Peter the Great or Pyotr Alexeyevich Romanov (Russian: Пётр I Алексеевич Pyotr I Пётр I фото/ Peter I photo image picAlekse`yevich, Пётр Великий Pyotr Veli`kiy) (9 June 1672 – 8 February 1725 [30 May 1672–28 January 1725 O.S.]) ruled Russia from 7 May (27 April O.S.) 1682 until his death, jointly ruling before 1696 with his weak and sickly half-brother, Ivan V. Peter carried out a policy of "Westernization" and expansion that transformed the Tsardom of Russia into the Russian Empire, a major European power.
Peter, the son of Alexei Mikhailovich of Russia and his second wife, Nataliya Kyrillovna Naryshkina, was born in Moscow. Alexei had previously married Maria Miloslavskaya, having five sons and eight daughters by her, although only two of the sons—Feodor and Ivan V—were alive when Peter was born. Alexei I died in 1676, to be succeeded by his oldest surviving son, who became Fyodor III.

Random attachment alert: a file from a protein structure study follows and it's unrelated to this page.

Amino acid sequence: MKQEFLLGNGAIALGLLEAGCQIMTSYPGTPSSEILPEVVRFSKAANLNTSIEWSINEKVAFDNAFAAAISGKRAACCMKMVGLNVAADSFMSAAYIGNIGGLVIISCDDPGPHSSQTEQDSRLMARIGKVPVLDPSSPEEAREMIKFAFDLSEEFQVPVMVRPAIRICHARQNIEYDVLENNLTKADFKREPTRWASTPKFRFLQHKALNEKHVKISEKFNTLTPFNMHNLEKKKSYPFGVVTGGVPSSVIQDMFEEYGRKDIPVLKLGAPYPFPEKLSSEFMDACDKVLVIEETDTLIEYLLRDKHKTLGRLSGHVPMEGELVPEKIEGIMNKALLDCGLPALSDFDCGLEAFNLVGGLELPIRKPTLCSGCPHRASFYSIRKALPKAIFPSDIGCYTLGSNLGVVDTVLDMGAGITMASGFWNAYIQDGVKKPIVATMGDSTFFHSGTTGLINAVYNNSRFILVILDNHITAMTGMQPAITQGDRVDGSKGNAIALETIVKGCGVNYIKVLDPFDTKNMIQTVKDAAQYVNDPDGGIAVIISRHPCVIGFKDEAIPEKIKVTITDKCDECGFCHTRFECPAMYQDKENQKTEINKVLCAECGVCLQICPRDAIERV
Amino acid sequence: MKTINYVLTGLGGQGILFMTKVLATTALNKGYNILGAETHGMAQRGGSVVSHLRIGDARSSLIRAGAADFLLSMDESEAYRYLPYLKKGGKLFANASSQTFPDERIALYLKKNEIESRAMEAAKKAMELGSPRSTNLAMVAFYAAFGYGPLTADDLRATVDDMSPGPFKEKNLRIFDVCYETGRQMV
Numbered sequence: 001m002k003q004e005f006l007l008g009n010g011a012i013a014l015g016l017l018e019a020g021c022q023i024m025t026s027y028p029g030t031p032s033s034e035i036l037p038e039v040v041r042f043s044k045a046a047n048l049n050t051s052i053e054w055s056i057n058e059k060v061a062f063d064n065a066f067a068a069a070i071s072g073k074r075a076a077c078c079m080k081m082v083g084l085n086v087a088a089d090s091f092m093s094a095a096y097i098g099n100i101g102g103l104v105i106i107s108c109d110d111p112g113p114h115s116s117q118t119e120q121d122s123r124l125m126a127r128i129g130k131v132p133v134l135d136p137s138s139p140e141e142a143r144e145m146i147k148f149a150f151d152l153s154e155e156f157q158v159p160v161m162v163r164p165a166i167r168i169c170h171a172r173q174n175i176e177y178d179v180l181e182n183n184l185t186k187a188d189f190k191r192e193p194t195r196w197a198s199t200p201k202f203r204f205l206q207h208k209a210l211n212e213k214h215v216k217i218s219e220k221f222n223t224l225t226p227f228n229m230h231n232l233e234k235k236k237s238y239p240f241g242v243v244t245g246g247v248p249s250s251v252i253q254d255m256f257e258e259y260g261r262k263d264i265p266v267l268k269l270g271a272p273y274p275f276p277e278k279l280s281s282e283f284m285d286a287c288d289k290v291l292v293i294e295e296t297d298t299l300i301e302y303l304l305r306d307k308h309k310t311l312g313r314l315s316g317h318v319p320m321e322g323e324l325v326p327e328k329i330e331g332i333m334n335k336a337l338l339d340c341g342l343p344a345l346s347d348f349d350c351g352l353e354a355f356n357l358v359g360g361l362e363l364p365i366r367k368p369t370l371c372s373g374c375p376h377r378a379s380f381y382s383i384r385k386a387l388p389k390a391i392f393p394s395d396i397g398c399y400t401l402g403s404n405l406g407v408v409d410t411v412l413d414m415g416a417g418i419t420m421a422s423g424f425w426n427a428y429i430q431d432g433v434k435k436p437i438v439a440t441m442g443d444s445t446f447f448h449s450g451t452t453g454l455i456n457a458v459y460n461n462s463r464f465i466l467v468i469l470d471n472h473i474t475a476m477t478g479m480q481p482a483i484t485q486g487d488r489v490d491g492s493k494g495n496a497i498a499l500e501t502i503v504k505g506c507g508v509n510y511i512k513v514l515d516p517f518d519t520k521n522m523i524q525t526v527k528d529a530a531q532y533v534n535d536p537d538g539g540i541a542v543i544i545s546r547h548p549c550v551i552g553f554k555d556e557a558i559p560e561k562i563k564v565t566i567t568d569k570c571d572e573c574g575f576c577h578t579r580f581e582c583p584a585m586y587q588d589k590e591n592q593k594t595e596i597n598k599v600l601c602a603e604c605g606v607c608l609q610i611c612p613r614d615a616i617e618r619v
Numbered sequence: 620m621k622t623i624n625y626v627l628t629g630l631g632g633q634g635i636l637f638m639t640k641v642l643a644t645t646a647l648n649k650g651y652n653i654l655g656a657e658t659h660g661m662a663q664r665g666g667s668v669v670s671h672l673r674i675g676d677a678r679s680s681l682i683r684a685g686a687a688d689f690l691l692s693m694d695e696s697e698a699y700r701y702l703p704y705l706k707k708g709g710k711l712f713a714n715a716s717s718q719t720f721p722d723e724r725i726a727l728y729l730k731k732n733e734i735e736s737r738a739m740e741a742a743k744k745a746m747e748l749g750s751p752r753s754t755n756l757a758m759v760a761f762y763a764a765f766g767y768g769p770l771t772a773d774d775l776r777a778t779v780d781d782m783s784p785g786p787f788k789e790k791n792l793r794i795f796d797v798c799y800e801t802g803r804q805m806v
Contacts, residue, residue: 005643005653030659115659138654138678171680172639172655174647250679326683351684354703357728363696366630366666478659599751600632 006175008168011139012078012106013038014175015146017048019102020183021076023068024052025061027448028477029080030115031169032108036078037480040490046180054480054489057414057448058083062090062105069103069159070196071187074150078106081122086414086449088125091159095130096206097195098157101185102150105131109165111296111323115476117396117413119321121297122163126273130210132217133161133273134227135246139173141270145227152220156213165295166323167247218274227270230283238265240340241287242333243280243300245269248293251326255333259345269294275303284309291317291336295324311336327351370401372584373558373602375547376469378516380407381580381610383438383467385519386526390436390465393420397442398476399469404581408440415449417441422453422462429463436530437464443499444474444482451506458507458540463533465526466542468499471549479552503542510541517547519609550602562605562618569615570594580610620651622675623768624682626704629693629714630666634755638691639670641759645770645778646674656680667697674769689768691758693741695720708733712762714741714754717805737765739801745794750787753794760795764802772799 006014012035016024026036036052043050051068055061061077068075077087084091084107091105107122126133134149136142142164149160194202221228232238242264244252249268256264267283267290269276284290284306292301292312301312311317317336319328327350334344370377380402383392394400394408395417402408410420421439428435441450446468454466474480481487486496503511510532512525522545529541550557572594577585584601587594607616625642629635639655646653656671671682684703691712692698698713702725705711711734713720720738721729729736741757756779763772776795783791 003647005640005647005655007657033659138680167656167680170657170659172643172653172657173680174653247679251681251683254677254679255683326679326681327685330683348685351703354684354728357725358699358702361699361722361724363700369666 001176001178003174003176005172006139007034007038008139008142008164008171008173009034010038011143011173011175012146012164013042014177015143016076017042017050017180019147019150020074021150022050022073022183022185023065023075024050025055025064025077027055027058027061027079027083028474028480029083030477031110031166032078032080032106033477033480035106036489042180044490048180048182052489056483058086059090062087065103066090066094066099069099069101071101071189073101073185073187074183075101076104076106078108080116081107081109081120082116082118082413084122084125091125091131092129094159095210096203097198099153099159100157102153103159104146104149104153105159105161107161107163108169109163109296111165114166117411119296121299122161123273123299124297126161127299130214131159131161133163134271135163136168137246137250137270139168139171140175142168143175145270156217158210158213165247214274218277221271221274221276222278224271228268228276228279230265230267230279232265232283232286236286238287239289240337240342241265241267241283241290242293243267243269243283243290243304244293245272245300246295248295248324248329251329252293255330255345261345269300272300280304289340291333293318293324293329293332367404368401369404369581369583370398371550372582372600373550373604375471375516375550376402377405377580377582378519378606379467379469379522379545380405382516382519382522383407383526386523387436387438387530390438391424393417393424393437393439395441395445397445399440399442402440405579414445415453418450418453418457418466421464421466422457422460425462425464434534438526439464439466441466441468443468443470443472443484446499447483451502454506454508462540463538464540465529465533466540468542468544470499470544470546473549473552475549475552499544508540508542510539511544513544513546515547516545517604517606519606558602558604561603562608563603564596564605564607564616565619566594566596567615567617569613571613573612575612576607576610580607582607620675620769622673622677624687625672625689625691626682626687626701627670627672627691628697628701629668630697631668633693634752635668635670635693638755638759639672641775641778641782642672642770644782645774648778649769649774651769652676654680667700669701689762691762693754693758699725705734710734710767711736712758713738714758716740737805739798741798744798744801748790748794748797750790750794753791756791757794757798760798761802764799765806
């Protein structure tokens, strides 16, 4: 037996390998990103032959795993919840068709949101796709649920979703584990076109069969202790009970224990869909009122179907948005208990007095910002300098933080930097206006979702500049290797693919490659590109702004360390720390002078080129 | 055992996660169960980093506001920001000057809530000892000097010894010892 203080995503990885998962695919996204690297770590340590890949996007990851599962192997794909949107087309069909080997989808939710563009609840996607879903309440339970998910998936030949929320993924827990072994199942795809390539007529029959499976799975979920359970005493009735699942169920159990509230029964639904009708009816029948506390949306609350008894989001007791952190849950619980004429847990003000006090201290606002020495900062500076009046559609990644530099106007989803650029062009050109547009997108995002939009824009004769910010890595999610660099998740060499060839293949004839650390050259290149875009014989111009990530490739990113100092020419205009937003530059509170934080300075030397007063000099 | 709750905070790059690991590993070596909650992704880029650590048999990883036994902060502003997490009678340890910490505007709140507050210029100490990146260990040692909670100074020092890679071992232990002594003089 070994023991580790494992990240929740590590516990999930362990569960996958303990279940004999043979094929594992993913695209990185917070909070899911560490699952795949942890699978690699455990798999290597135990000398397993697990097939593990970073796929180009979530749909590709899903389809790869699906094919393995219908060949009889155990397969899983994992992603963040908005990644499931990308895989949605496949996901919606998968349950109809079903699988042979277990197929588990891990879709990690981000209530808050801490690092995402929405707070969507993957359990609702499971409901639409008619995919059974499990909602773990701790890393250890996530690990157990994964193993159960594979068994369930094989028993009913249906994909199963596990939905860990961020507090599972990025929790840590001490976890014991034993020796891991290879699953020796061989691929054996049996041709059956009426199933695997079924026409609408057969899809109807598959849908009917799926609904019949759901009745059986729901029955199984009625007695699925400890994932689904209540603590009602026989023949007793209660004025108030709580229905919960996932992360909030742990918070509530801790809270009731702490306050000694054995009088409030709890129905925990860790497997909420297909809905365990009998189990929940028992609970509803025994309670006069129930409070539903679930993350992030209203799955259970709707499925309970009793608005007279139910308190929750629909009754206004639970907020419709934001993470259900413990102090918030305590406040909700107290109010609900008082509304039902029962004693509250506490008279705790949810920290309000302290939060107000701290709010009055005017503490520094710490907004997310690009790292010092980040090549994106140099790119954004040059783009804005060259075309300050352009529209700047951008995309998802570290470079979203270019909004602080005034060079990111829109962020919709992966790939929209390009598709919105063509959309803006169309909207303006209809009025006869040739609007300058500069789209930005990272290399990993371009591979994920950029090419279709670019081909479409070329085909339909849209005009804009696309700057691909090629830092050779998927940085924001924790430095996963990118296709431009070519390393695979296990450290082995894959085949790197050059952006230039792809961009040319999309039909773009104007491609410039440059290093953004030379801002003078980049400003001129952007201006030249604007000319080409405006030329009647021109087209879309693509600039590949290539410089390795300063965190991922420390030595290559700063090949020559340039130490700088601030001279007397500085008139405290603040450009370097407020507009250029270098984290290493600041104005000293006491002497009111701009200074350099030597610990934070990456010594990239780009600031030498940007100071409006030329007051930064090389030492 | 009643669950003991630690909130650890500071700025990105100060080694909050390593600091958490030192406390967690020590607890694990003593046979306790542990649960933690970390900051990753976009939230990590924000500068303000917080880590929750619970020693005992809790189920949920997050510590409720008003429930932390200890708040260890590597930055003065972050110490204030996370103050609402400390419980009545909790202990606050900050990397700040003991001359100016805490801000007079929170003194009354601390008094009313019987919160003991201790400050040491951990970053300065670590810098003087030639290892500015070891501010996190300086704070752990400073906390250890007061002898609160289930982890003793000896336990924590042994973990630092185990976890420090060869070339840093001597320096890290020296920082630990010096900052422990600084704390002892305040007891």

Fyodor III's uneventful reign ended within six years; as Fyodor did not leave any children, a dispute over the succession between the Naryshkin and Miloslavskyi families broke out. Ivan was the next for the throne, but he was chronically ill and of infirm mind. Consequently, the Boyar Duma (a council of Russian nobles) chose the ten-year old Peter to become Tsar, his mother becoming regent. But one of Alexei's daughters by his first marriage, Sophia Alekseyevna, led a rebellion of the Streltsy (Russia's elite military corps). In the subsequent conflict, many of Peter's relatives and friends were murdered—Peter even witnessed the butchery of one of his uncles by a mob. The memory of this violence may have caused trauma during Peter's earlier years.